Musculoskeletal disorders dramatically impair mobility and dexterity, resulting in early retirement from employment, decreased accumulated wealth and reduced social roles capacity. Musculoskeletal conditions account for the greatest proportion of non-cancer chronic pain conditions. MRI uses a strong magnetic field, radio waves and a computer to produce detailed pictures of joints, soft tissues, and bones. Usually, it is the safest option for body evaluation of fractures, tumors, and degenerative disorders.
Cancer is the second leading cause of death worldwide, according to the World Health Organization, and is responsible for an estimated 9.6 million deaths in 2018. Around one in six deaths worldwide occur due to cancer. In low- and middle-income countries, nearly 70 percent of cancer deaths take place. Around one-third of cancer deaths are due to the five main lifestyle and dietary risks: high body mass index, poor consumption of fruit and vegetables, lack of physical activity, use of tobacco, and alcohol use.
Among low- and middle-income countries, cancer that induces infections such as hepatitis and human papillomavirus (HPV) is responsible for up to 25 percent of cancer. Presentation in late stages and inadequate diagnosis and care is normal. In 2017, just 26 percent of low-income countries reported having general public sector pathology services. Magnetic resonance imaging (MRI) is increasingly the choice of imaging tool for the identification and treatment of both benign and malignant tumors.
What’s trending in the industry?
Preload Contrast Protocols
Power injectors with normal, preloaded media contrast protocols help to make images more accurate, irrespective of the technologist or radiologist who is using the device. Several years of work have been invested in these protocols by major academic centers to support CT users with the improved capabilities of their newer imaging systems. It is especially important for centers that use various types of scanners, where various protocols are required depending on each type of scanner and multiple examination factors such as the parameters of the contrast media, injection rate, length, type of organ being imaged and weight of the patient.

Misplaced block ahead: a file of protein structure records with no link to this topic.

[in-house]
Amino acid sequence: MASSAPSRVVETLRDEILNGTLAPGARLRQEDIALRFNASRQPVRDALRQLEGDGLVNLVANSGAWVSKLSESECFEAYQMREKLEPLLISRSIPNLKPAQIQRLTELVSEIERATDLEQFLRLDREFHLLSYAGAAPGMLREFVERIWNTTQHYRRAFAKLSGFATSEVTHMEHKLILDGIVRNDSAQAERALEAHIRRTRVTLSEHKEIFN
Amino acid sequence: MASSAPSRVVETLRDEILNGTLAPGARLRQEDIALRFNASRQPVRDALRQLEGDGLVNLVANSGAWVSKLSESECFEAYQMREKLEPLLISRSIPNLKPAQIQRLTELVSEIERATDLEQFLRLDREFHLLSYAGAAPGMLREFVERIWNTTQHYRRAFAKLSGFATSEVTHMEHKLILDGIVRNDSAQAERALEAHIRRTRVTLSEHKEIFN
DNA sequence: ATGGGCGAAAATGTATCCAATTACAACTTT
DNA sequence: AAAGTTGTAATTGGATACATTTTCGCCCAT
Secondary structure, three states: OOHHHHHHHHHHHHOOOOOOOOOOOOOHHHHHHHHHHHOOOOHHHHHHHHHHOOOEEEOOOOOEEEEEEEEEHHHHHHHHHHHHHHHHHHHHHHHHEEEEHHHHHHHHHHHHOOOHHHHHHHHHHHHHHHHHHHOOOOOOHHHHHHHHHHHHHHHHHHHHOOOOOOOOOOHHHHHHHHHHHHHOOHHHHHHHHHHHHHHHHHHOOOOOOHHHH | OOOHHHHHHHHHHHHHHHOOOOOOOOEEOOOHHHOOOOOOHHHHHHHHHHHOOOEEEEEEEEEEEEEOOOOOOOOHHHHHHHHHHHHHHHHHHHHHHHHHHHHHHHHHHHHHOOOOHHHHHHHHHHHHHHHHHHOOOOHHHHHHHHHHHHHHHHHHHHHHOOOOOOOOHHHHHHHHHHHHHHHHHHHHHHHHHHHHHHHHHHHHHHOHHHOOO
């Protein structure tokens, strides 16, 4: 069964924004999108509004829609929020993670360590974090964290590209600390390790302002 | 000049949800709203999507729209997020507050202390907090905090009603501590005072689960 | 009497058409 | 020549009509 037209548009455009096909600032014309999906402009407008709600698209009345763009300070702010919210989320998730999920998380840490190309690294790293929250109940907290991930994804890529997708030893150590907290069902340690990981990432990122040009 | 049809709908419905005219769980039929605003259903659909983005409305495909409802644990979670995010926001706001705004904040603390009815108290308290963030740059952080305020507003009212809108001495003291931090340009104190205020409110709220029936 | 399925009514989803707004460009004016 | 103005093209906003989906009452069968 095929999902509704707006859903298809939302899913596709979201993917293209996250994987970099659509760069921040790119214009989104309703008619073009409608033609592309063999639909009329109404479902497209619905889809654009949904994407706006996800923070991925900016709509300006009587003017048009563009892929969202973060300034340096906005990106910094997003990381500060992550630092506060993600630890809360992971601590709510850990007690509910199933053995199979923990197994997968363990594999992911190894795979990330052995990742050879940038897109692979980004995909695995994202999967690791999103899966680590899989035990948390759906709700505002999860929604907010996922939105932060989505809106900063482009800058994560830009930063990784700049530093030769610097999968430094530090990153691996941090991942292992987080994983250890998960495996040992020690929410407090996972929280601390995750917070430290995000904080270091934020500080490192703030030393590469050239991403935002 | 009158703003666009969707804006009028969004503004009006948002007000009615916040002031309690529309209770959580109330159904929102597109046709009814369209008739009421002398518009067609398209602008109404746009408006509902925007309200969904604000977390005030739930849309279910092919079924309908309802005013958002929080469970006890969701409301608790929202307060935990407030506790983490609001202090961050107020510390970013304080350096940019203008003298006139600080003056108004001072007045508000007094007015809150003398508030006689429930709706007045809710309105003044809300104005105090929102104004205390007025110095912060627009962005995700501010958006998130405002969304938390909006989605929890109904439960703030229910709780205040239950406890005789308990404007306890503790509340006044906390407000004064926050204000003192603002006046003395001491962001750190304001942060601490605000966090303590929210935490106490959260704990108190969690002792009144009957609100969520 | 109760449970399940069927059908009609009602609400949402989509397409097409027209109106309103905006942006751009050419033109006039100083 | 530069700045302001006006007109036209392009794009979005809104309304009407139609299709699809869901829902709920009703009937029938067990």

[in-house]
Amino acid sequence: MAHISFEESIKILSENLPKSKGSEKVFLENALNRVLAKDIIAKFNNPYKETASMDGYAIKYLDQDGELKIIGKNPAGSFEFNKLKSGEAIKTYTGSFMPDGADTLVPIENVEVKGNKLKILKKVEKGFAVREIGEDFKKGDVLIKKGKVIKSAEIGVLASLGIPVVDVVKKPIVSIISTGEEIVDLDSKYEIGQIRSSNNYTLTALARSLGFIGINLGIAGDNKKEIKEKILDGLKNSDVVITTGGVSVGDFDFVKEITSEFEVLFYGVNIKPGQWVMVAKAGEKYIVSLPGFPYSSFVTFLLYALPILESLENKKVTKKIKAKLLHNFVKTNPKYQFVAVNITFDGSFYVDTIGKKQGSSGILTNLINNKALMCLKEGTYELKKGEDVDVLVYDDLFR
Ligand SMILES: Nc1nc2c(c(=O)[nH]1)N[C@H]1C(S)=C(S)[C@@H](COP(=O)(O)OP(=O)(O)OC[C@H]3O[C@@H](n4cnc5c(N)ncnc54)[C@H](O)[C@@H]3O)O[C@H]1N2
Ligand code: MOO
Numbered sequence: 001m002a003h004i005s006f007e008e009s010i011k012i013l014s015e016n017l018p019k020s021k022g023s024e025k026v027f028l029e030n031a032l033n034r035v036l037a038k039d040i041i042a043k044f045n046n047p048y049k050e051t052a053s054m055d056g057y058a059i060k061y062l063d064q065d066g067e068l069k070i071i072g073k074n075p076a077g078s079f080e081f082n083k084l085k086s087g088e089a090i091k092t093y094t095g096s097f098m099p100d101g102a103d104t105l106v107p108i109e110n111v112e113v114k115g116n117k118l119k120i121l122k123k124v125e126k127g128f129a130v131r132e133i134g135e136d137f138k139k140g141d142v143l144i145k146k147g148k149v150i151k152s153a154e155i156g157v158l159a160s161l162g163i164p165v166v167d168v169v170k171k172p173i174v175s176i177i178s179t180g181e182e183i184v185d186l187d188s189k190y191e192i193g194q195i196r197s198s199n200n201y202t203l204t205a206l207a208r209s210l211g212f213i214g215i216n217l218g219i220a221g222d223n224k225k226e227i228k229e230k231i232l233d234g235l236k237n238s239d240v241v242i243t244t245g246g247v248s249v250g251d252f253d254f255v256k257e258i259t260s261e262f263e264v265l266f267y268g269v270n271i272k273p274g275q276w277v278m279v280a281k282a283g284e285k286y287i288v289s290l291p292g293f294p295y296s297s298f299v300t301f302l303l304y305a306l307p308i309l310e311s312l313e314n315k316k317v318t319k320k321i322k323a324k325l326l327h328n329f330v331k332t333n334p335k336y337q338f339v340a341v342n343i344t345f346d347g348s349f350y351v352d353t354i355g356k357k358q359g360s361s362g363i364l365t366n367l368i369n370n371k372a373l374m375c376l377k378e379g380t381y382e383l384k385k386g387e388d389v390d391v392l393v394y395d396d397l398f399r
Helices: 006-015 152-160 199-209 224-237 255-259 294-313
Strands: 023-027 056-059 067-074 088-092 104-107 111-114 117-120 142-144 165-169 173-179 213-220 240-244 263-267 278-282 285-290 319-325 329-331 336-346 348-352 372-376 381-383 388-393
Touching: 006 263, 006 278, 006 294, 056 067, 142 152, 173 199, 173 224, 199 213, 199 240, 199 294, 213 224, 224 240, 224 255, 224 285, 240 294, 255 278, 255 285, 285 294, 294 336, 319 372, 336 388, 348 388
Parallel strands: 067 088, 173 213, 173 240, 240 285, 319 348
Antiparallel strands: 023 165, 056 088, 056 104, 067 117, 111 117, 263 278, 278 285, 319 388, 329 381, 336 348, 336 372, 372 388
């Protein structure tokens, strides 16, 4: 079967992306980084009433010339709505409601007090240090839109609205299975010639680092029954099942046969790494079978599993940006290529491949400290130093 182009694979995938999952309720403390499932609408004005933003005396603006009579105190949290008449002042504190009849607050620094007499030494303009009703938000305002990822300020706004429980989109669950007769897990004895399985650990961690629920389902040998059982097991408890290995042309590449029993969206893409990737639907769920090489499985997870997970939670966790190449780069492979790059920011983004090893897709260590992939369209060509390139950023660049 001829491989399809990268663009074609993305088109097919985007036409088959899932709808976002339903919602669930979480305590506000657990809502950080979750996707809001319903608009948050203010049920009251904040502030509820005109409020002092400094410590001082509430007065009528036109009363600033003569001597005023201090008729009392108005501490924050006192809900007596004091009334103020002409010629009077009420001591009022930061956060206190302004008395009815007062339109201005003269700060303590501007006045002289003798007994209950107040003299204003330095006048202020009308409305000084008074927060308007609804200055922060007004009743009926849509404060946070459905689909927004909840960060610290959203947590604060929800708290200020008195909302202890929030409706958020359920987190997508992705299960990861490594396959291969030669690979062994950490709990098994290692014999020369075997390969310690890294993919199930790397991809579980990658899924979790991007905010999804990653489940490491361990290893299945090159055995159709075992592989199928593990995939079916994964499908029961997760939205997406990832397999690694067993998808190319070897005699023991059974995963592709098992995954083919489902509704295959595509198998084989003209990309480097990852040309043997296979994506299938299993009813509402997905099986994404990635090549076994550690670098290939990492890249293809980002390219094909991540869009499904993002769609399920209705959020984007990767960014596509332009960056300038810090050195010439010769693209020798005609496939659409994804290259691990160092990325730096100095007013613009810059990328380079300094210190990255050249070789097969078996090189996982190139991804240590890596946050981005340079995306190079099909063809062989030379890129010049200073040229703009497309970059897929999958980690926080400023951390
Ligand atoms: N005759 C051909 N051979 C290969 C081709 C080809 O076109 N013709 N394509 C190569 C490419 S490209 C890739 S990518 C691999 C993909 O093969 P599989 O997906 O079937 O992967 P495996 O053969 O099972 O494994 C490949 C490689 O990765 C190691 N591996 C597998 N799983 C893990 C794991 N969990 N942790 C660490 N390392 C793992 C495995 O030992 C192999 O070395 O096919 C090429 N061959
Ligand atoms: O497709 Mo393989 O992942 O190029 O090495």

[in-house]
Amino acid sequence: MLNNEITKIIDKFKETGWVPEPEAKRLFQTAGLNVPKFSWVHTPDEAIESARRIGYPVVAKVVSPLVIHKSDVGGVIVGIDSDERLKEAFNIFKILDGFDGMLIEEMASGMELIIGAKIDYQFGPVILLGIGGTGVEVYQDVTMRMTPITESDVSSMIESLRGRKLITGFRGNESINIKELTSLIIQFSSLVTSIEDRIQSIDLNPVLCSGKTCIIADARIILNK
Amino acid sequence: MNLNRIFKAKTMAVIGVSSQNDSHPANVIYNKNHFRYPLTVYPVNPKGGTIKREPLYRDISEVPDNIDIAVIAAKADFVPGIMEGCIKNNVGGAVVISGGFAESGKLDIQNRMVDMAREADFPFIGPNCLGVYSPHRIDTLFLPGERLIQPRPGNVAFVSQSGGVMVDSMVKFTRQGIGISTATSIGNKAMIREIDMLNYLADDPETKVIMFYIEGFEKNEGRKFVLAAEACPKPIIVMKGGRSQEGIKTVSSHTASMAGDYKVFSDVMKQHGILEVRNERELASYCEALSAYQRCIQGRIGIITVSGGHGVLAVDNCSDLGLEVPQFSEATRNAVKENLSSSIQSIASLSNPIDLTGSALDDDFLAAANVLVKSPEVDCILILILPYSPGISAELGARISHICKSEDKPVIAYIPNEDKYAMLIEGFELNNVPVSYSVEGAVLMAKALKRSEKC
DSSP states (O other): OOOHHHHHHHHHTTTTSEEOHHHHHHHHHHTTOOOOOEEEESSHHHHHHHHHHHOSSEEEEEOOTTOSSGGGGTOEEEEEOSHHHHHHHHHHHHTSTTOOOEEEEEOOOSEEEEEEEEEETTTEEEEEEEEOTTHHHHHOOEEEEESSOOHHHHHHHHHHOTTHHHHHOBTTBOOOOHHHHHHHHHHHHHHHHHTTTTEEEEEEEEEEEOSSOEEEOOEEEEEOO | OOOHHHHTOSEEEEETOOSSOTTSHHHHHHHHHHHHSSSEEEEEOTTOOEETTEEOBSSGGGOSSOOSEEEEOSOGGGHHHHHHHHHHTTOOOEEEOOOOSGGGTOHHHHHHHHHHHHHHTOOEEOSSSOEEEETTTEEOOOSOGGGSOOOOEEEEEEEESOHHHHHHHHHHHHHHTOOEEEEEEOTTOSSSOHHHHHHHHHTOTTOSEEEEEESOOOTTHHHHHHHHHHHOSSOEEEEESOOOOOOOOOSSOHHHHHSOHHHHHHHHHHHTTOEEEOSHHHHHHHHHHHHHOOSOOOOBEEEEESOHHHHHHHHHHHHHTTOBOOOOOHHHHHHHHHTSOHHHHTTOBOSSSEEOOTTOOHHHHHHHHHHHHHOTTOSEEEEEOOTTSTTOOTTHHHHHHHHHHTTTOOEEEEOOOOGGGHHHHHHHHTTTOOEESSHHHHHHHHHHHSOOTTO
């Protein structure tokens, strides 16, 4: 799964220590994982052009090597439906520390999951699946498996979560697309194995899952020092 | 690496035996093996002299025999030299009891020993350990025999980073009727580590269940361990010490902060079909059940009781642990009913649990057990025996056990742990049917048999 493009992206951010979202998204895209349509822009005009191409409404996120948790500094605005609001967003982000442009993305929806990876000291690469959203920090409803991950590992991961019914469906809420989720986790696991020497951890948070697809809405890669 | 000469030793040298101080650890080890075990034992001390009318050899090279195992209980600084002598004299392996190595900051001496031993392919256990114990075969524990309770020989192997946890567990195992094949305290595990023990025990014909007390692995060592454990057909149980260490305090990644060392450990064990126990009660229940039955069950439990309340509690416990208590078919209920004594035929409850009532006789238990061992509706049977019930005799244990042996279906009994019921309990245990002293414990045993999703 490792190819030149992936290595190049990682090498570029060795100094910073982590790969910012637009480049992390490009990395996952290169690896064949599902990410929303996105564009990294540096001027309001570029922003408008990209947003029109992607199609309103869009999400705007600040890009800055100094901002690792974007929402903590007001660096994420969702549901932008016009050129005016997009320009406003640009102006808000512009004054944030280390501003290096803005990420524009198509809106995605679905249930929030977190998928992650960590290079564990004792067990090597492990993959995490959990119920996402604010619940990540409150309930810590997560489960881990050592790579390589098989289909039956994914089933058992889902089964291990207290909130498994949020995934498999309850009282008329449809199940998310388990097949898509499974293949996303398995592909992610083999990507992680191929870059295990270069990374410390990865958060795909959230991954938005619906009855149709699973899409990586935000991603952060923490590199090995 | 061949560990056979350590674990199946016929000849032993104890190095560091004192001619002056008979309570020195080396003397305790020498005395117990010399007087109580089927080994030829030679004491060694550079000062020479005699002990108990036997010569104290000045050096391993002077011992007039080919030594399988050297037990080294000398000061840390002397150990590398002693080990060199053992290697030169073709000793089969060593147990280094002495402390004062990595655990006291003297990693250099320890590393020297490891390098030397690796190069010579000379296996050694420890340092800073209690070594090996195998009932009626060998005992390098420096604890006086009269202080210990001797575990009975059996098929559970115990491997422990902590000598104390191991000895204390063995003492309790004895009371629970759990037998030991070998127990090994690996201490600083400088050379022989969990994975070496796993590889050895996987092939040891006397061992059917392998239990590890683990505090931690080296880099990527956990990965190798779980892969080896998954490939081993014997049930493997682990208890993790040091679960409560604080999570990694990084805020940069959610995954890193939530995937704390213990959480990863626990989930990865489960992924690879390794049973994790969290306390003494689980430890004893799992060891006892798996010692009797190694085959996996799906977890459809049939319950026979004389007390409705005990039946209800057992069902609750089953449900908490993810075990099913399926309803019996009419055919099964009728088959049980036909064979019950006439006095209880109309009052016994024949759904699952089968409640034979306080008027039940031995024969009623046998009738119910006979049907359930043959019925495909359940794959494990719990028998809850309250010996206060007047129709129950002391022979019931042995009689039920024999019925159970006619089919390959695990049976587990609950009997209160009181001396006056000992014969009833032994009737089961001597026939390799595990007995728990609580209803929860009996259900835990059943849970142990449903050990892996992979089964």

Key Differences in Injectors
CT devices use a dual-head injector with two syringes during the imaging for initial and follow-up dose comparisons. Injectors used in angiography of the cath lab are single-head injectors that use one syringe. Another major difference is where the contrast is added. Both CT-systems use venous access. Air embolism is not a big concern, because any tiny bubbles inserted into a vein are being expelled into the lungs. Angiography devices inject contrast into arteries where the extreme risk of an air embolism can be present. Several cath laboratory injectors have detectors of air embolism, warning of bubbles in the line before they enter a patient.
Several injector systems are provided to manage data. These provide data for calculating efficiencies in the process, quality of the imaging and patient health. The systems will implement multi-detector CT protocols that are preprogrammed. PACS informatics solution that combines the CT contrast-injection record of each patient with the relevant clinical image collection stored in the Picture Archiving and Communications System (PACS). When studies are conducted it simultaneously records and preserves parameters of contrast injection in the protected database electronically. The program provides access to Web-based information from all over the hospital and remote locations.
Free Valuable Insights: Global Contrast Media Market to reach a market size of USD 6.3 billion by 2025
To sum up
The contrast media market is still in its development phase but will evolve in the years to come. Various factors such as the rise in acceptability for contrast agents and the increasing number of diagnostic centers that have expanded diagnostic imaging services contribute to the growth of the market. Several advanced methods, such as the technologies used in MRI imaging is a gas microbubble, are likely to boost the market growth. Factors including growing investments in the contrast media market and the changes in the radiopharmaceuticals and healthcare sector are fueling the market growth.